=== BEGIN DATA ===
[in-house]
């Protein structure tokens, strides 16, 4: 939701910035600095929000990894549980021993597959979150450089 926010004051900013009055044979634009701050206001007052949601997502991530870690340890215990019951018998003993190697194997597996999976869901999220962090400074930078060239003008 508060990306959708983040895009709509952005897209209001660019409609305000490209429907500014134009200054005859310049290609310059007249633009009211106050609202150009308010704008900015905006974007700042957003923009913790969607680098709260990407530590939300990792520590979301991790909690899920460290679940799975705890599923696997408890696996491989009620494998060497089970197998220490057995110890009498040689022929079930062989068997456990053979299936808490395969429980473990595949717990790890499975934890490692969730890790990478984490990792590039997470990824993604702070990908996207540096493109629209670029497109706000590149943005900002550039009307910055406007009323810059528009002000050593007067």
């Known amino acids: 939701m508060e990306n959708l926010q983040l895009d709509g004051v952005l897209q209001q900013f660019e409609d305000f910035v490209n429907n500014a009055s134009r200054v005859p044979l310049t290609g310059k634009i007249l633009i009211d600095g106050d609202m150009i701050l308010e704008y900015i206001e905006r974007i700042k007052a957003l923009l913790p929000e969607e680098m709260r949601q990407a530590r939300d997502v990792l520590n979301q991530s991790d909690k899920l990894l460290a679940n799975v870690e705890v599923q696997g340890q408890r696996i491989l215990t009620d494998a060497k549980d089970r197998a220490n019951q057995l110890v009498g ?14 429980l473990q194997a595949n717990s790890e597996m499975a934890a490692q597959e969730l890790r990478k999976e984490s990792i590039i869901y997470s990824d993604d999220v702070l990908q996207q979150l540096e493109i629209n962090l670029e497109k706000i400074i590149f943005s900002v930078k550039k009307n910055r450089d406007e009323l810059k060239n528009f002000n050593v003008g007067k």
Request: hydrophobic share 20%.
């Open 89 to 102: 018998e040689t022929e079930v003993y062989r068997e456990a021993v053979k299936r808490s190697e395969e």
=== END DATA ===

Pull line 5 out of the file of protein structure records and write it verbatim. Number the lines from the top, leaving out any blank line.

């Open 89 to 102: 018998e040689t022929e079930v003993y062989r068997e456990a021993v053979k299936r808490s190697e395969e």